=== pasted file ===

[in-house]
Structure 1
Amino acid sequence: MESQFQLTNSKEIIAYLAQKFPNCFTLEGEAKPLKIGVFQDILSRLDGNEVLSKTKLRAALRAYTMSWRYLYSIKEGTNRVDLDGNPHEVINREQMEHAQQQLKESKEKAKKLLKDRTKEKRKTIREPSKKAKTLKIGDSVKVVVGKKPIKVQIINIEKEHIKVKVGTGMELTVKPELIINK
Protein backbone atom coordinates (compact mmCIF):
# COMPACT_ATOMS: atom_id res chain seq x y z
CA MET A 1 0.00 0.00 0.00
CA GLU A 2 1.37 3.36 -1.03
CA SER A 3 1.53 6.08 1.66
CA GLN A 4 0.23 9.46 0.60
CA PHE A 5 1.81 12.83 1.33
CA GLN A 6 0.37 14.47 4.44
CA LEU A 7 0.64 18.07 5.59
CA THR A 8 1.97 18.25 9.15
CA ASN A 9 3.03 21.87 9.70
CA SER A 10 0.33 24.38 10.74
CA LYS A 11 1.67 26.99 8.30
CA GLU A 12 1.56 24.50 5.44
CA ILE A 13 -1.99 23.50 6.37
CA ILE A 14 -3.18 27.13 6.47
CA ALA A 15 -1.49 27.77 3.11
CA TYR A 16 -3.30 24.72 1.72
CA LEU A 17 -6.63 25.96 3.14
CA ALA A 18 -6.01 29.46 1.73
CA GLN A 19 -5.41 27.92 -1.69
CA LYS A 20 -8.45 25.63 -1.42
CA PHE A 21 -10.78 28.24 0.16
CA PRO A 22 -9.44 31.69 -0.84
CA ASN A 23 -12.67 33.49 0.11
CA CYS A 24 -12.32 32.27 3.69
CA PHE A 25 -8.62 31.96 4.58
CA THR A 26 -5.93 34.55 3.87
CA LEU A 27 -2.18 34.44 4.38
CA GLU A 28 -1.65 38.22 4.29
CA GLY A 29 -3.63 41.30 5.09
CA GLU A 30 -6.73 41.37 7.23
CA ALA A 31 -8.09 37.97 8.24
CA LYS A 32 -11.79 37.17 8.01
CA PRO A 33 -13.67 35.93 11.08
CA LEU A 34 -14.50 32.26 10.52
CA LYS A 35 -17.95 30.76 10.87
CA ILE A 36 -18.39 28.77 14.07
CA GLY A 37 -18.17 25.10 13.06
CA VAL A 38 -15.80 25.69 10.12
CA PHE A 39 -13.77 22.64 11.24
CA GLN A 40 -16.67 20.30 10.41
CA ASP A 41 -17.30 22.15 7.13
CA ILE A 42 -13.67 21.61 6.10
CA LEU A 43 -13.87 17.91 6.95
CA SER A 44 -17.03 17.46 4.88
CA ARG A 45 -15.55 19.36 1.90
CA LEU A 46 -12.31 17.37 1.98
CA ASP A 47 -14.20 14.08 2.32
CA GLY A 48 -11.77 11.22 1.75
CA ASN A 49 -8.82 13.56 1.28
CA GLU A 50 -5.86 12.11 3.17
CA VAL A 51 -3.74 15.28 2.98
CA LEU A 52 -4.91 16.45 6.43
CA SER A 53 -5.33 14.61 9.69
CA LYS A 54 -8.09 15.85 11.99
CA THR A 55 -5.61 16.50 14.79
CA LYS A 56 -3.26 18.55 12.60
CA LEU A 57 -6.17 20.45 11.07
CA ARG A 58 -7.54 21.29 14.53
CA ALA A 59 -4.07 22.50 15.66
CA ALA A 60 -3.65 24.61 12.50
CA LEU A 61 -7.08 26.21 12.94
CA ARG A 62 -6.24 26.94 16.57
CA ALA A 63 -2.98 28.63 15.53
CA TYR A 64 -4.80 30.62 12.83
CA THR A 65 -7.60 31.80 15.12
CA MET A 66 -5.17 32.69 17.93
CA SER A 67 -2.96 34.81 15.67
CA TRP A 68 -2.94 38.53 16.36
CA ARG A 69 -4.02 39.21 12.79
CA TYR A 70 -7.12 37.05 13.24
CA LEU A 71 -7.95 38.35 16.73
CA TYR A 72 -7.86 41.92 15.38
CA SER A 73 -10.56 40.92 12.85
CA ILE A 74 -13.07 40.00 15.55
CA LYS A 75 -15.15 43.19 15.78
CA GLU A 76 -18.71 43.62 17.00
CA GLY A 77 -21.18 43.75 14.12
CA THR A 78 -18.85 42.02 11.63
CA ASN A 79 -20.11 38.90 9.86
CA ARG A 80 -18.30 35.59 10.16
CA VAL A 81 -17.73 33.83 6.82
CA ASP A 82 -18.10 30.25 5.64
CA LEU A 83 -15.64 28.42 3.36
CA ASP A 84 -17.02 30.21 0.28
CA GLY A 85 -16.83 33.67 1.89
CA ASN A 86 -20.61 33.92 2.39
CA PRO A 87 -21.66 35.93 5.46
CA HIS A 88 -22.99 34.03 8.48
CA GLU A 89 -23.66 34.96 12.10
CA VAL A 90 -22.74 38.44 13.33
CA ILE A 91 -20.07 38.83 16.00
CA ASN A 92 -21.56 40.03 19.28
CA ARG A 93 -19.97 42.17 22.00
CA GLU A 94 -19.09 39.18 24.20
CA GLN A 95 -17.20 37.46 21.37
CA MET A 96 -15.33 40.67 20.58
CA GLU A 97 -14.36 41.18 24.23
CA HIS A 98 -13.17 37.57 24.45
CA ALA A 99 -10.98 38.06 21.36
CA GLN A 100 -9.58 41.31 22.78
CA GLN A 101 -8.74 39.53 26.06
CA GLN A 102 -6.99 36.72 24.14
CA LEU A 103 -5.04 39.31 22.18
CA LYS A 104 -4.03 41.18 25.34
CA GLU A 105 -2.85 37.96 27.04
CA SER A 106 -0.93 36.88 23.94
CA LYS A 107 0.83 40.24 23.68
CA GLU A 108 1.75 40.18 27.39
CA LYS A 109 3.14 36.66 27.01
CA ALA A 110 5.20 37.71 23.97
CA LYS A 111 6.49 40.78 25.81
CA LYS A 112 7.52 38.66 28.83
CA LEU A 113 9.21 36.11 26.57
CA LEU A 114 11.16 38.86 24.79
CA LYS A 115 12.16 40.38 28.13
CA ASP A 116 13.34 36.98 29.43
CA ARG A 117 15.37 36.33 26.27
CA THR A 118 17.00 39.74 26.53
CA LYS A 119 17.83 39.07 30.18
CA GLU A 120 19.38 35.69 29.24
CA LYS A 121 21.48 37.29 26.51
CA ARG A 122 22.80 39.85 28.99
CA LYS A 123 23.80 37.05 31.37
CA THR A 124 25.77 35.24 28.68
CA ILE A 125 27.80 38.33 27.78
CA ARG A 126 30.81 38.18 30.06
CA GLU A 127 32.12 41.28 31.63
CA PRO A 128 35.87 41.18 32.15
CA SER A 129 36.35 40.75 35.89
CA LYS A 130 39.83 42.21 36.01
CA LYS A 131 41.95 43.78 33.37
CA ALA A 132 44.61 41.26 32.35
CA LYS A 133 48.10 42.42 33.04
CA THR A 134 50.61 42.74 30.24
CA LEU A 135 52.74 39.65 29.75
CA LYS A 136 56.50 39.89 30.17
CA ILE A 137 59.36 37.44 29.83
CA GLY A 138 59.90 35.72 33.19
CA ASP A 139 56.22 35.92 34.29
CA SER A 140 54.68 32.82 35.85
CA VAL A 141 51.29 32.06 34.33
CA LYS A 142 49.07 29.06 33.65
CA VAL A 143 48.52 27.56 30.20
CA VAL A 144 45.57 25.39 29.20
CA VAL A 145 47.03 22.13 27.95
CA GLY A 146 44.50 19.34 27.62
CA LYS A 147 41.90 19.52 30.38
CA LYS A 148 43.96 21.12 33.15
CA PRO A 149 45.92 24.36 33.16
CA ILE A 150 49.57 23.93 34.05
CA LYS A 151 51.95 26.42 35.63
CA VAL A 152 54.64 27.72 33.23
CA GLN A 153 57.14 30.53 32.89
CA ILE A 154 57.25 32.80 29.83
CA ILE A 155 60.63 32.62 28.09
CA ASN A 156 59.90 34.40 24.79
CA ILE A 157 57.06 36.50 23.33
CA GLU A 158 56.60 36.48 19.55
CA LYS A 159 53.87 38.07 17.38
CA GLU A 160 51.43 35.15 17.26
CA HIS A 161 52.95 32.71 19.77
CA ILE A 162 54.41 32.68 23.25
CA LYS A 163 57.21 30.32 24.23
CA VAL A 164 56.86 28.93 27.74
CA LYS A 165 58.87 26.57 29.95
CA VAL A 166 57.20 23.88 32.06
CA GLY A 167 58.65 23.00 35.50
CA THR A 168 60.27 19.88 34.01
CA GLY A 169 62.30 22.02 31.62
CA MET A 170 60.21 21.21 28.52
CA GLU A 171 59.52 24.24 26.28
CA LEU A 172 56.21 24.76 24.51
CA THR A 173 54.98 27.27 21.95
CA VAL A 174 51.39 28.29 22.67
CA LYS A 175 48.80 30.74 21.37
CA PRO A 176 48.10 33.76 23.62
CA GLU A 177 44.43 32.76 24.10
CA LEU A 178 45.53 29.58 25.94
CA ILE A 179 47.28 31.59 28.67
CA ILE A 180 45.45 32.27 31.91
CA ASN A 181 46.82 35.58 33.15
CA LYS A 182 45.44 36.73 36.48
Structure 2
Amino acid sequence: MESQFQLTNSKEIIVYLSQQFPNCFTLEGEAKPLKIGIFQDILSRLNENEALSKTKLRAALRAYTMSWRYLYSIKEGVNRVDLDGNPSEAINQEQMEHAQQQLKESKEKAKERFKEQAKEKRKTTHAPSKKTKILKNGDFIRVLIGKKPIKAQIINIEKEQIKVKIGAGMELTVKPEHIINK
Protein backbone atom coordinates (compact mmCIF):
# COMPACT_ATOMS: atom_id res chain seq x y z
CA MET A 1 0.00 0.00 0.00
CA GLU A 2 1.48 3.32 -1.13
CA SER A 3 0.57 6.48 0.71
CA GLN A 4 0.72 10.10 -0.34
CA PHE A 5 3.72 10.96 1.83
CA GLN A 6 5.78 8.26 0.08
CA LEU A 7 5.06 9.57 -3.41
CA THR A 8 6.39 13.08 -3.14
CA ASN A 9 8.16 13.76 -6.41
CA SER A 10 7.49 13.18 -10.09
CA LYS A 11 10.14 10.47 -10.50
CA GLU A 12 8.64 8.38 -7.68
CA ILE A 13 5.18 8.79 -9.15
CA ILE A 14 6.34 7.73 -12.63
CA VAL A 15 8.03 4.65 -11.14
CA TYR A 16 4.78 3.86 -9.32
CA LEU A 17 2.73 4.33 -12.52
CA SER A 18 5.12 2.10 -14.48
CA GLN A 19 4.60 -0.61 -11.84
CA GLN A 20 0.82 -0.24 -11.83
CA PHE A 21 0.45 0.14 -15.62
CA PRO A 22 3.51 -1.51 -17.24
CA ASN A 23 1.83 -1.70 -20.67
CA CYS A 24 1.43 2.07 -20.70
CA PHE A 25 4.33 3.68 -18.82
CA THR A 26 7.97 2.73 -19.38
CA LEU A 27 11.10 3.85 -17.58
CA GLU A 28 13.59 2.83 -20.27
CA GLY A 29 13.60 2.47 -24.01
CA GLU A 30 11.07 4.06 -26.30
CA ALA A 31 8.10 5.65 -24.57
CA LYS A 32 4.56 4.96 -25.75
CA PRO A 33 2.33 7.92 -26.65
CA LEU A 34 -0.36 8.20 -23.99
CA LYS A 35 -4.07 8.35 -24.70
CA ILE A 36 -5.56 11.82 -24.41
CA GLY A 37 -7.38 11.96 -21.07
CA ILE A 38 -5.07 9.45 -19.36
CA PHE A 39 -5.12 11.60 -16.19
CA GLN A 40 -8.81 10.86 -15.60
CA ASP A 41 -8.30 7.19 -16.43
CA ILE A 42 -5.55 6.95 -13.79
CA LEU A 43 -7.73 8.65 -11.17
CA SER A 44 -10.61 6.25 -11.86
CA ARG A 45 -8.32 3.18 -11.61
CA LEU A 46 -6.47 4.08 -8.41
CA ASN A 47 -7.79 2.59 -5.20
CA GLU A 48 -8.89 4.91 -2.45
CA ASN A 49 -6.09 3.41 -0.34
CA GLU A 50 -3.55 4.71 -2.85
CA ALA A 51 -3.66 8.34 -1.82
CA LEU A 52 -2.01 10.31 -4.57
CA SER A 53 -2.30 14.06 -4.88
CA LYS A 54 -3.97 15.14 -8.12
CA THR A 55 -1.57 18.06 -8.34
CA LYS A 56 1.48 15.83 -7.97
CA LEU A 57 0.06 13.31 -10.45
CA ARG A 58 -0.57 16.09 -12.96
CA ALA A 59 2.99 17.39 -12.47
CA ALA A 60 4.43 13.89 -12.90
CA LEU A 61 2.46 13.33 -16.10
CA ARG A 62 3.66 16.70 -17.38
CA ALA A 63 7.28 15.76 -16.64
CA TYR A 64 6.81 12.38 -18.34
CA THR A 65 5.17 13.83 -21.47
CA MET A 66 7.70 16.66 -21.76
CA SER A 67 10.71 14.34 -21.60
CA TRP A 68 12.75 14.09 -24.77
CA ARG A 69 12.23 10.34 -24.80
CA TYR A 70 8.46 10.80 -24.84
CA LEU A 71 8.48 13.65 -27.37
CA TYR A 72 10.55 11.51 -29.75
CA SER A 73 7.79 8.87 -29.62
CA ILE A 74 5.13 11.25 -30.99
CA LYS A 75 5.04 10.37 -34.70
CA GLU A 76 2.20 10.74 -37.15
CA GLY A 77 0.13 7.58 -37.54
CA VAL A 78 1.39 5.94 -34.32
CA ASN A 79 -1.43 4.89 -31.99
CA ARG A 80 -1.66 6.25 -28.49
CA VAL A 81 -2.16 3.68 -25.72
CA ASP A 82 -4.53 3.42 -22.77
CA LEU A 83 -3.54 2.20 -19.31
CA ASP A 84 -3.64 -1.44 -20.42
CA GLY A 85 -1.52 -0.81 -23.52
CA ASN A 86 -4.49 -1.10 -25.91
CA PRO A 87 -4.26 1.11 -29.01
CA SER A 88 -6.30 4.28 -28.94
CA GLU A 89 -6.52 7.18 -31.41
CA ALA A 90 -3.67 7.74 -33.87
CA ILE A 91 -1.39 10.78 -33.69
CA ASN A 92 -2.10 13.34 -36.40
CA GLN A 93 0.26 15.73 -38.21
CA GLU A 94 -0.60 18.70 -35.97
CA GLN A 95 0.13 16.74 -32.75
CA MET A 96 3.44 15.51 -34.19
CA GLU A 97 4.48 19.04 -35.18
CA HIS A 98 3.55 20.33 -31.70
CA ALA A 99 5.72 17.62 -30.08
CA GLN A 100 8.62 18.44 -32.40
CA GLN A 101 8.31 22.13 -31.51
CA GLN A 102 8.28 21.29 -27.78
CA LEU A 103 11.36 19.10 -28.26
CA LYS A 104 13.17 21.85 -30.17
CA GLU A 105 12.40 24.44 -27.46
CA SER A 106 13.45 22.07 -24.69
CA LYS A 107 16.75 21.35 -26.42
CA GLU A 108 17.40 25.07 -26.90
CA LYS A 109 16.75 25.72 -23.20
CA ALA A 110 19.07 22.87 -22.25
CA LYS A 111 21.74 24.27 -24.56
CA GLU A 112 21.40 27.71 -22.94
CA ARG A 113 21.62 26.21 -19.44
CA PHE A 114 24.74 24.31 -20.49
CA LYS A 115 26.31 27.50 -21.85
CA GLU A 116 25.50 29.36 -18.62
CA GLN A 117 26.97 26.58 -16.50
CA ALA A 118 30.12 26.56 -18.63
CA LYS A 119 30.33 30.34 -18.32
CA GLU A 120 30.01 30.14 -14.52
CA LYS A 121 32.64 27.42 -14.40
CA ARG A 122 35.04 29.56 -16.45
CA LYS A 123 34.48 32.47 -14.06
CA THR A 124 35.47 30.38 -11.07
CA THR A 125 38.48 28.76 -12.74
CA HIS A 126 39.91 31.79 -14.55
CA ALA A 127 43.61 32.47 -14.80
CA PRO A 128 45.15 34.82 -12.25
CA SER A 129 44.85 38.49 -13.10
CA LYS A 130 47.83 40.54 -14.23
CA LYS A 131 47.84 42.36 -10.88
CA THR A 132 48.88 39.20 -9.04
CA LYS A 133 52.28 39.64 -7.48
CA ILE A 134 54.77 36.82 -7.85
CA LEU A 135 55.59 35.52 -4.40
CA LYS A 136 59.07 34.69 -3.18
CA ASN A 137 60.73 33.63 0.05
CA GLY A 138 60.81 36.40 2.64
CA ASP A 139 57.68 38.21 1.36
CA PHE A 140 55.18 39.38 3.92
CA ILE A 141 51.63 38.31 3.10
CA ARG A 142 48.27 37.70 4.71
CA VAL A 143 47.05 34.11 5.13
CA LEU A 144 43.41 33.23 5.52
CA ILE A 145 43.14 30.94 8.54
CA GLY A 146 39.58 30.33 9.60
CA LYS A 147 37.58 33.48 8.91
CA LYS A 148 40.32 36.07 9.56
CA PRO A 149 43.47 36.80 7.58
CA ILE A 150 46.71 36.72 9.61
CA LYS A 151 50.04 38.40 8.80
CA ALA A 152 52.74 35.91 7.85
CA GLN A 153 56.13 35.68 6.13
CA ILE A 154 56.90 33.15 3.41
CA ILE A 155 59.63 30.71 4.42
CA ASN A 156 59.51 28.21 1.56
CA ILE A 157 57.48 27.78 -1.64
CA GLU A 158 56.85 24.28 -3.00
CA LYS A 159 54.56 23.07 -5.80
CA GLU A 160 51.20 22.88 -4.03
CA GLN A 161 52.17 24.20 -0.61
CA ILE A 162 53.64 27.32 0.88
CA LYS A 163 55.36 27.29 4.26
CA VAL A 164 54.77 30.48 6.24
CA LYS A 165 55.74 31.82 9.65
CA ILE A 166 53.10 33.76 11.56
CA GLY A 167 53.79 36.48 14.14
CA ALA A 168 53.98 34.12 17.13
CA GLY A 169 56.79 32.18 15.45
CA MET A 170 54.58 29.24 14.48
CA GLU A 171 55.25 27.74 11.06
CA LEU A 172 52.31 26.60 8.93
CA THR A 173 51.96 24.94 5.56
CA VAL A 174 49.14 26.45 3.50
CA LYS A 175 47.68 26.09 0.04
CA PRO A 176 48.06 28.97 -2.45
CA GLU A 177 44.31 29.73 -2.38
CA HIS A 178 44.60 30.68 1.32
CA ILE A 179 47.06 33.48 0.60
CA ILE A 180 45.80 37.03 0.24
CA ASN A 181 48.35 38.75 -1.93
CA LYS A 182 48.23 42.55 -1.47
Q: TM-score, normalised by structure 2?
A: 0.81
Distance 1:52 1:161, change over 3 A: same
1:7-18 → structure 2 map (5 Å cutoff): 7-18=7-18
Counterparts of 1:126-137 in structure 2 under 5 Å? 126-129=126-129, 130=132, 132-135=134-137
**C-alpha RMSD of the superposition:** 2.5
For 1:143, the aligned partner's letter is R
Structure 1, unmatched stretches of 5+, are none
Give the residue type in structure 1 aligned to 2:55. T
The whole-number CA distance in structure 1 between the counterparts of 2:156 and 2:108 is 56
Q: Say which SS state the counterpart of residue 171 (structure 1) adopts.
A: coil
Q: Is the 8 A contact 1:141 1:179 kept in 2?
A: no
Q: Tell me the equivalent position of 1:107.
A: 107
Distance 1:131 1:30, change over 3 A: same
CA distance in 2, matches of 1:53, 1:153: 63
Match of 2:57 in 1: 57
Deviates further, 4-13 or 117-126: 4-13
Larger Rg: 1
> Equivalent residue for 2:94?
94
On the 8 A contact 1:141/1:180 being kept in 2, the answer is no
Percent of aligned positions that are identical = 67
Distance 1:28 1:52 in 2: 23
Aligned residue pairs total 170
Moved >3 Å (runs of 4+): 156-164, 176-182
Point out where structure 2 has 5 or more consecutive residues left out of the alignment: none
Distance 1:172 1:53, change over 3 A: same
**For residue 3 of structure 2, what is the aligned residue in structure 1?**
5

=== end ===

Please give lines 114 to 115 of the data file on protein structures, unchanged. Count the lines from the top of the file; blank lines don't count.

CA LYS A 109 3.14 36.66 27.01
CA ALA A 110 5.20 37.71 23.97